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Curr Biol. 2014 Apr 14;24(8):852-8. doi: 10.1016/j.cub.2014.02.041. Epub 2014 Apr 3.

Lactase persistence alleles reveal partial East African ancestry of southern African Khoe pastoralists.

Author information

1
Department of Evolutionary Biology, Evolutionary Biology Centre, Uppsala University, Norbyvägen 18D, 752 36 Uppsala, Sweden; Master Bioscience, Department of Biology, École Normale Supérieure de Lyon, 46 Allée d'Italie, 69364 Lyon Cedex 07, France.
2
Department of Evolutionary Biology, Evolutionary Biology Centre, Uppsala University, Norbyvägen 18D, 752 36 Uppsala, Sweden. Electronic address: carina.schlebusch@ebc.uu.se.
3
Department of Anthropology and Development Studies, University of Johannesburg, Auckland Park, Johannesburg 2006, South Africa.
4
Department of Evolutionary Biology, Evolutionary Biology Centre, Uppsala University, Norbyvägen 18D, 752 36 Uppsala, Sweden.
5
Division of Human Genetics, School of Pathology, Faculty of Health Sciences, University of the Witwatersrand, and National Health Laboratory Service, Braamfontein, Johannesburg 2017, South Africa.
6
Department of Evolutionary Biology, Evolutionary Biology Centre, Uppsala University, Norbyvägen 18D, 752 36 Uppsala, Sweden; Science for Life Laboratory, Uppsala University, Norbyvägen 18D, 752 36 Uppsala, Sweden. Electronic address: mattias.jakobsson@ebc.uu.se.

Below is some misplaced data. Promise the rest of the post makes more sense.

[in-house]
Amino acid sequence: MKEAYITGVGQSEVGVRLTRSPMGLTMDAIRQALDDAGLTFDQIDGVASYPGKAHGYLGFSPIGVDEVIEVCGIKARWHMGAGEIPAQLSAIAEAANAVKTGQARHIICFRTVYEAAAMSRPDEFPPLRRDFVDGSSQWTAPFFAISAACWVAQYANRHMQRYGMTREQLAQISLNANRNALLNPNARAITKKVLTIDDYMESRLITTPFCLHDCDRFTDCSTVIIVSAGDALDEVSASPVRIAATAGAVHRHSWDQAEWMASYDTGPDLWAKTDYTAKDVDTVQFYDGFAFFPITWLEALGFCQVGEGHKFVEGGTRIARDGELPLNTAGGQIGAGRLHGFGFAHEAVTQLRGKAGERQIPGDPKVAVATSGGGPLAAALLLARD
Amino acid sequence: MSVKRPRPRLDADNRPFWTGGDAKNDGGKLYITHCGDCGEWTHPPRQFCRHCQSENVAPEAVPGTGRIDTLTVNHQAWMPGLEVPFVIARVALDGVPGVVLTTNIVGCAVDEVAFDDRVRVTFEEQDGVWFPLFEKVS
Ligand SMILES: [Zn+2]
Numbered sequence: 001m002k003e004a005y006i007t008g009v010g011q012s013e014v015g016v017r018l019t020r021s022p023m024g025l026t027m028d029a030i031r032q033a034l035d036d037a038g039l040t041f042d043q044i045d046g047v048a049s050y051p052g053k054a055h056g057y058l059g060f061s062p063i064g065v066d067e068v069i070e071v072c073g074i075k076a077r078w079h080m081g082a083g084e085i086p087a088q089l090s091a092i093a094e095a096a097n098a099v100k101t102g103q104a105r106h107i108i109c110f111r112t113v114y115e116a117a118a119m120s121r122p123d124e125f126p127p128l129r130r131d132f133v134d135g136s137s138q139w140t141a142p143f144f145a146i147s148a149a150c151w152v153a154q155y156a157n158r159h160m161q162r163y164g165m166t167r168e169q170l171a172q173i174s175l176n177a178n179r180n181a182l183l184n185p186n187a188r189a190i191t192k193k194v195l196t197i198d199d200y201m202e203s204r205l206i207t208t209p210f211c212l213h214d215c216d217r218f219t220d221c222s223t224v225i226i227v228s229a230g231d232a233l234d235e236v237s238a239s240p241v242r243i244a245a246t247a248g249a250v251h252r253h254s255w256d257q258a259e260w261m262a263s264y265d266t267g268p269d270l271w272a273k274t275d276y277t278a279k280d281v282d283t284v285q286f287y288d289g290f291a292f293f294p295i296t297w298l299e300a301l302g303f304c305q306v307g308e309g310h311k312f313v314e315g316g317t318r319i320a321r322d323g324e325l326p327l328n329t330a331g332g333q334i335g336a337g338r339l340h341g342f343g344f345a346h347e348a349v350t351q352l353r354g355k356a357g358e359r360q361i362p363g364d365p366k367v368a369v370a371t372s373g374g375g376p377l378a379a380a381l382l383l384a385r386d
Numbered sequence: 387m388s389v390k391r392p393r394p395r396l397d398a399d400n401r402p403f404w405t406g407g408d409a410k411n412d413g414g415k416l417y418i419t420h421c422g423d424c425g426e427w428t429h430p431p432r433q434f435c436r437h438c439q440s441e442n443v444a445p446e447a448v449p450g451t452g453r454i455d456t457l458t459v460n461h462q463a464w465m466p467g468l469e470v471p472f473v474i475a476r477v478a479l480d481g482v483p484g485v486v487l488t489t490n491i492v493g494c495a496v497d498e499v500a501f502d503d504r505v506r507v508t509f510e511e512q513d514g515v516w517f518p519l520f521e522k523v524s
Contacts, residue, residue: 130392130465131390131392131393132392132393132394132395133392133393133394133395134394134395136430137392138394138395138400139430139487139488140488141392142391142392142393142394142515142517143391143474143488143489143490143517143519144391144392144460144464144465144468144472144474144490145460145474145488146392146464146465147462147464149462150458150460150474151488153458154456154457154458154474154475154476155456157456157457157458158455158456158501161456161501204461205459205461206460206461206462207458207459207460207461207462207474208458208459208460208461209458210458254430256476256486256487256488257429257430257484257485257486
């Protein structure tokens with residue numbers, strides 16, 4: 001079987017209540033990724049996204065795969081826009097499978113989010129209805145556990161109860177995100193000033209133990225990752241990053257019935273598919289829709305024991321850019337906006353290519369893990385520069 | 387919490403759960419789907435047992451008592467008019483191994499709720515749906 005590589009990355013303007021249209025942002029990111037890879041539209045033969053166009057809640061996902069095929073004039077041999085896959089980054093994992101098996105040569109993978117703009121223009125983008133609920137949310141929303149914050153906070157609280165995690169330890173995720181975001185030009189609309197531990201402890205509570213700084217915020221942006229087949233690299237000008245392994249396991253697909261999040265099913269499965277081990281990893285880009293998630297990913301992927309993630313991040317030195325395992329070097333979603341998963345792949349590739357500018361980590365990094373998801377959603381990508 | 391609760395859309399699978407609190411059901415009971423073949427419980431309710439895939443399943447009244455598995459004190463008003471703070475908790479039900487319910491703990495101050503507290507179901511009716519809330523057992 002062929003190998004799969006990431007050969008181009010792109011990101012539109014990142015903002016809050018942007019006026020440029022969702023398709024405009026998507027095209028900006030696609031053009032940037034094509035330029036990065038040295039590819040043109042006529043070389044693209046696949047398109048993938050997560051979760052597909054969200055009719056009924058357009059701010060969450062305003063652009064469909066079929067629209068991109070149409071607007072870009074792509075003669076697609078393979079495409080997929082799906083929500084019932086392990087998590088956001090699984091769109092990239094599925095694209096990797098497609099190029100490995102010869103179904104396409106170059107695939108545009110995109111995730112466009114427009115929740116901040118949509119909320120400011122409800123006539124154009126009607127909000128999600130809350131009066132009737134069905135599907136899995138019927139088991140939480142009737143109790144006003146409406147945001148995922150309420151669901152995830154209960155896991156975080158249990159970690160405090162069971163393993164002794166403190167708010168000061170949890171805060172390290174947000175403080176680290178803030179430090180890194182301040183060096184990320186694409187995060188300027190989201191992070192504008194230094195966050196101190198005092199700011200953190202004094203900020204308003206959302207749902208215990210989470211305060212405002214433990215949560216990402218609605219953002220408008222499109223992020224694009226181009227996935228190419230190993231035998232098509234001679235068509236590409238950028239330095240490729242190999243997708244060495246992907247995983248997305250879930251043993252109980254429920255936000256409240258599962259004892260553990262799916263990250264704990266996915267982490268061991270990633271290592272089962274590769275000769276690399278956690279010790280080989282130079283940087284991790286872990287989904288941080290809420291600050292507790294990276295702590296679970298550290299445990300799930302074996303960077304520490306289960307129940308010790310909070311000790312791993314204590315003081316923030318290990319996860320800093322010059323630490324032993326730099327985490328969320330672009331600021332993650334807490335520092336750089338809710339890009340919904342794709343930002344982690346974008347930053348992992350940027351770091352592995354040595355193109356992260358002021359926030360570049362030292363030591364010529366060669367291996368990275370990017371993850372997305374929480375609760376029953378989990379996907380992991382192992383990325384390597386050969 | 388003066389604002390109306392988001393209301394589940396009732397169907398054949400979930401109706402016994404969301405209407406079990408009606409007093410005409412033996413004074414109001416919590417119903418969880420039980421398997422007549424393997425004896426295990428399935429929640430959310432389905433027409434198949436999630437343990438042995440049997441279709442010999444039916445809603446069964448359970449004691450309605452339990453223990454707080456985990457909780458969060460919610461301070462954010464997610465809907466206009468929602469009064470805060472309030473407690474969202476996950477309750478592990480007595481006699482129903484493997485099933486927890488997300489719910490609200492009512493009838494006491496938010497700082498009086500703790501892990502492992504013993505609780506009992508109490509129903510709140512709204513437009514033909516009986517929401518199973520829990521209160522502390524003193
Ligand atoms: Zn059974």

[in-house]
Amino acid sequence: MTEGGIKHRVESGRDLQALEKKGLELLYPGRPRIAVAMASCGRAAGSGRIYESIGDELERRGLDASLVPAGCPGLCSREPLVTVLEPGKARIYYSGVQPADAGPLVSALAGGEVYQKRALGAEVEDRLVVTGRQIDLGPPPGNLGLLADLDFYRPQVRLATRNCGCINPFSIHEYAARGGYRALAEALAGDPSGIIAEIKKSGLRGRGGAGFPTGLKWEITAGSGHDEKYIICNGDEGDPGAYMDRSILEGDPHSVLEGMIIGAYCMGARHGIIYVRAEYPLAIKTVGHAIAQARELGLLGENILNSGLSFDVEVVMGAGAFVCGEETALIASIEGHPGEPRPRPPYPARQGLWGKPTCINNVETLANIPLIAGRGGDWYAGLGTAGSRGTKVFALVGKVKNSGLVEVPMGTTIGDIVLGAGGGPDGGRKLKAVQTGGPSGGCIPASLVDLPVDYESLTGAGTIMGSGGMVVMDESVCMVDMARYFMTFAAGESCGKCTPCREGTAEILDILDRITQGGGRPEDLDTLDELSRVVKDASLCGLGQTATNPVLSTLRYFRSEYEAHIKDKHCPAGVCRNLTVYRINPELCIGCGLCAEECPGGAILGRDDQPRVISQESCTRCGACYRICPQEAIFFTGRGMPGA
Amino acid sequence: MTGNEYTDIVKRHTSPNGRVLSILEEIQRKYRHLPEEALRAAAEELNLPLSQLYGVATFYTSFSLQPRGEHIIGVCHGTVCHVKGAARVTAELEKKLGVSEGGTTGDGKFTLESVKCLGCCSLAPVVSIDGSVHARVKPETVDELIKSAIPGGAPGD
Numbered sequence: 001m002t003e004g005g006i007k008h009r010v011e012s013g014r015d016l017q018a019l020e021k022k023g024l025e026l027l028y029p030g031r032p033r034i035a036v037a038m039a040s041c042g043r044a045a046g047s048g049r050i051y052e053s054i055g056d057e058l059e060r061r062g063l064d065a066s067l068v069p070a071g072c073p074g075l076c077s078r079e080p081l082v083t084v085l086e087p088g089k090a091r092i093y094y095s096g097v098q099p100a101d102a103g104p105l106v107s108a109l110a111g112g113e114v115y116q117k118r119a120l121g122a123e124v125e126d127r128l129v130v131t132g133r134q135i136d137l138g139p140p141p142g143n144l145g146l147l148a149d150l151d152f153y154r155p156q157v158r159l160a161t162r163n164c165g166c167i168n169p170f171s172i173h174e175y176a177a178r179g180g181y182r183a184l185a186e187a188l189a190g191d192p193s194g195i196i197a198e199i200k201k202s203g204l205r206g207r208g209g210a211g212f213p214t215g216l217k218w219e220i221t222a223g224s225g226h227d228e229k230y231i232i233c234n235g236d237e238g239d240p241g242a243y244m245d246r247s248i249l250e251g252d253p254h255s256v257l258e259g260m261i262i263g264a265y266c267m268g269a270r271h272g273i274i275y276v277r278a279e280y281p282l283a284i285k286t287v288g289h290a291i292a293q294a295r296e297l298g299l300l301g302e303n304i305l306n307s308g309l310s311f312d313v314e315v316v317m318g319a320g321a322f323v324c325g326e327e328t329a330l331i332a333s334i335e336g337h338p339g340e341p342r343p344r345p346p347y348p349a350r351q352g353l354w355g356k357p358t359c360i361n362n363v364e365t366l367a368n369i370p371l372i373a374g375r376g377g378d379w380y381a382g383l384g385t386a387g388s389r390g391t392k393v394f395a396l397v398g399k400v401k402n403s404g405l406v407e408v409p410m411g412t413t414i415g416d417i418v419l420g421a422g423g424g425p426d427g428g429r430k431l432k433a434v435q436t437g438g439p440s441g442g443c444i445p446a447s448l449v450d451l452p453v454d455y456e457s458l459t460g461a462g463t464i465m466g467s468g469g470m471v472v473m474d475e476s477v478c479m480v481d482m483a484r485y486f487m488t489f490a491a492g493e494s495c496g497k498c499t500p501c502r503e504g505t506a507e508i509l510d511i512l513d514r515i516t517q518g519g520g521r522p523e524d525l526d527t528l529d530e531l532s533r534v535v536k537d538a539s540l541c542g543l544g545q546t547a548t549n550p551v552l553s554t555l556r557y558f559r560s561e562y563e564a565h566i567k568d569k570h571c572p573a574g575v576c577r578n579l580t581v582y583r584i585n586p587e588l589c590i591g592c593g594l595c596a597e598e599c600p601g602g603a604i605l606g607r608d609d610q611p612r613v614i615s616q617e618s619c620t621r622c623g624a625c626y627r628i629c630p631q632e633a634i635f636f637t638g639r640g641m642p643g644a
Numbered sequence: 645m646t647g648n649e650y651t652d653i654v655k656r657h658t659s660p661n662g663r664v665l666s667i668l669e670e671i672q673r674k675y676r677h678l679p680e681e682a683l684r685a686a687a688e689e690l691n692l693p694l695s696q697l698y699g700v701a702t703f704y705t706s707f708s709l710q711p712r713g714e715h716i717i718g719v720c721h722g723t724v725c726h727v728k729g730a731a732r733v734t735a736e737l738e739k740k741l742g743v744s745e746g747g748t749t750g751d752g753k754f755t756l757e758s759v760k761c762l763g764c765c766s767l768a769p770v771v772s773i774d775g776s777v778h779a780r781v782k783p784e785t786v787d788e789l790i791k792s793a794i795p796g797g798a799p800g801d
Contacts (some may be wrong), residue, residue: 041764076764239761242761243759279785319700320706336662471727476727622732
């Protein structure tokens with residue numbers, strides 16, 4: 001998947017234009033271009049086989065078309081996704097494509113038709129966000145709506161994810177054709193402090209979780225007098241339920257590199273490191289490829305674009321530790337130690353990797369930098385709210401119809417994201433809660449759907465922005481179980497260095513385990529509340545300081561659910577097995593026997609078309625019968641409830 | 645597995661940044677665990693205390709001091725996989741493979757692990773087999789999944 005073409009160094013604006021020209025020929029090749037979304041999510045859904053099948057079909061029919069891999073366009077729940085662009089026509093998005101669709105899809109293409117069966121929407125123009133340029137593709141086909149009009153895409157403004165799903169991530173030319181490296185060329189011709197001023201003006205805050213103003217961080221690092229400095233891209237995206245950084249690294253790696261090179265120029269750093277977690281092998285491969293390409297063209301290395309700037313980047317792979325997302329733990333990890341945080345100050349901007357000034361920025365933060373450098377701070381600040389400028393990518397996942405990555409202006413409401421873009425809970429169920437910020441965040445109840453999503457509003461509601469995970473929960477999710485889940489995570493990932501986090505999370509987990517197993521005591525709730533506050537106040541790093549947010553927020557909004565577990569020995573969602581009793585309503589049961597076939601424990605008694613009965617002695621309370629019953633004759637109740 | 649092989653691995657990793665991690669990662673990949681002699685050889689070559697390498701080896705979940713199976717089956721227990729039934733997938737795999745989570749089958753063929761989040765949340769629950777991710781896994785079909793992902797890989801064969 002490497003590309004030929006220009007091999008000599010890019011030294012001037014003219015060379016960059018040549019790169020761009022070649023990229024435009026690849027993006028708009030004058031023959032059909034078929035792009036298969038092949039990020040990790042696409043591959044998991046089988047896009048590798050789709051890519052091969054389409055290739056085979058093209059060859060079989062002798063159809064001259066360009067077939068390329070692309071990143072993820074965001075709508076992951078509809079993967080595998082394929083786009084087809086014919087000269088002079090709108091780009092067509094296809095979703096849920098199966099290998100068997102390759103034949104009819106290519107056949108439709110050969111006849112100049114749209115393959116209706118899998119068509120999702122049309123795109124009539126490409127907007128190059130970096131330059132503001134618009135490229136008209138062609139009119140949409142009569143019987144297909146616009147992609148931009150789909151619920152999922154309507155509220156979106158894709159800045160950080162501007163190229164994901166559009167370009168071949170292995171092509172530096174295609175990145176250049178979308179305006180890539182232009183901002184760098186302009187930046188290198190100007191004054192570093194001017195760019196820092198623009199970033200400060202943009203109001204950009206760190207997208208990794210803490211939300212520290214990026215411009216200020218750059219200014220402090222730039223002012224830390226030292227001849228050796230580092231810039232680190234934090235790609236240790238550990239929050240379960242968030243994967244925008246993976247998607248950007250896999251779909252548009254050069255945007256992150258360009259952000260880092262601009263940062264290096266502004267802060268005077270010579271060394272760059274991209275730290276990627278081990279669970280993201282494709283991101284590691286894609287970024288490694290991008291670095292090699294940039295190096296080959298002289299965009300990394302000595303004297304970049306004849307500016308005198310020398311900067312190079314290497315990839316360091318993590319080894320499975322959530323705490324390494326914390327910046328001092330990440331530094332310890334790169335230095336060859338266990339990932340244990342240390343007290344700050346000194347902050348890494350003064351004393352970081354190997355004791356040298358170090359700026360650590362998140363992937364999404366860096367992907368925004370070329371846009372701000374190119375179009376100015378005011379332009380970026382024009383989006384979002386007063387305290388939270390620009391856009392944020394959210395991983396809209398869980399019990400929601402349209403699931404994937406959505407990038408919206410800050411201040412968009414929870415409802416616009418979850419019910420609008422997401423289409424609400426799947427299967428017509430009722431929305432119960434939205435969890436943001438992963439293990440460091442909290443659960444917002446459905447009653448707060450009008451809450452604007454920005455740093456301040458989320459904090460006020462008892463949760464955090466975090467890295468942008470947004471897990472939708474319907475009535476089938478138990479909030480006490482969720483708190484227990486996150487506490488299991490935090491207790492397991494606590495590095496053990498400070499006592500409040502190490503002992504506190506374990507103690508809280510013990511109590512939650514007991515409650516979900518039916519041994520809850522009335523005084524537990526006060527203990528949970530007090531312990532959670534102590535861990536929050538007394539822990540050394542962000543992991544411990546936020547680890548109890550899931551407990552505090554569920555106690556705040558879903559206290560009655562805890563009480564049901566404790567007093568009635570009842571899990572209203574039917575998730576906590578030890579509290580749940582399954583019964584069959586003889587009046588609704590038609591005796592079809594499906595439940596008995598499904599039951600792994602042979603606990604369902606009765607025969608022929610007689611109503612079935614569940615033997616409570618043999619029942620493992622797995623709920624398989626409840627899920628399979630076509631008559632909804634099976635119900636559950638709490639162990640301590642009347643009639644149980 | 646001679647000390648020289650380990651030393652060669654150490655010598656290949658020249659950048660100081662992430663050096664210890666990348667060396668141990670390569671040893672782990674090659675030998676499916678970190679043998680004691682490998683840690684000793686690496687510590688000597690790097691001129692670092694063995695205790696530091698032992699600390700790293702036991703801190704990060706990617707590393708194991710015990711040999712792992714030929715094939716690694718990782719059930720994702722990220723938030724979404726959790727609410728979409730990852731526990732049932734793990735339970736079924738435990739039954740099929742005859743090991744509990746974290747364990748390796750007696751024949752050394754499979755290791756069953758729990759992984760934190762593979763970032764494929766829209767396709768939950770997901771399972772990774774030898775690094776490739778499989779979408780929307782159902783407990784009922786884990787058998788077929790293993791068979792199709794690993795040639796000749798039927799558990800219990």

Abstract

The ability to digest milk into adulthood, lactase persistence (LP), as well as specific genetic variants associated with LP, is heterogeneously distributed in global populations. These variants were most likely targets of selection when some populations converted from hunter-gatherer to pastoralist or farming lifestyles. Specific LP polymorphisms are associated with particular geographic regions and populations; however, they have not been extensively studied in southern Africa. We investigate the LP-regulatory region in 267 individuals from 13 southern African populations (including descendants of hunter-gatherers, pastoralists, and agropastoralists), providing the first comprehensive study of the LP-regulatory region in a large group of southern Africans. The "East African" LP single-nucleotide polymorphism (SNP) (14010G>C) was found at high frequency (>20%) in a strict pastoralist Khoe population, the Nama of Namibia, suggesting a connection to East Africa, whereas the "European" LP SNP (13910C>T) was found in populations of mixed ancestry. Using genome-wide data from various African populations, we identify admixture (13%) in the Nama, from an Afro-Asiatic group dating to >1,300 years ago, with the remaining fraction of their genomes being from San hunter-gatherers. We also find evidence of selection around the LCT gene among Khoe-speaking groups, and the substantial frequency of the 14010C variant among the Nama is best explained by adaptation to digesting milk. These genome-local and genome-wide results support a model in which an East African group brought pastoralist practices to southern Africa and admixed with local hunter-gatherers to form the ancestors of Khoe people.

PMID:
24704072
DOI:
10.1016/j.cub.2014.02.041
[Indexed for MEDLINE]
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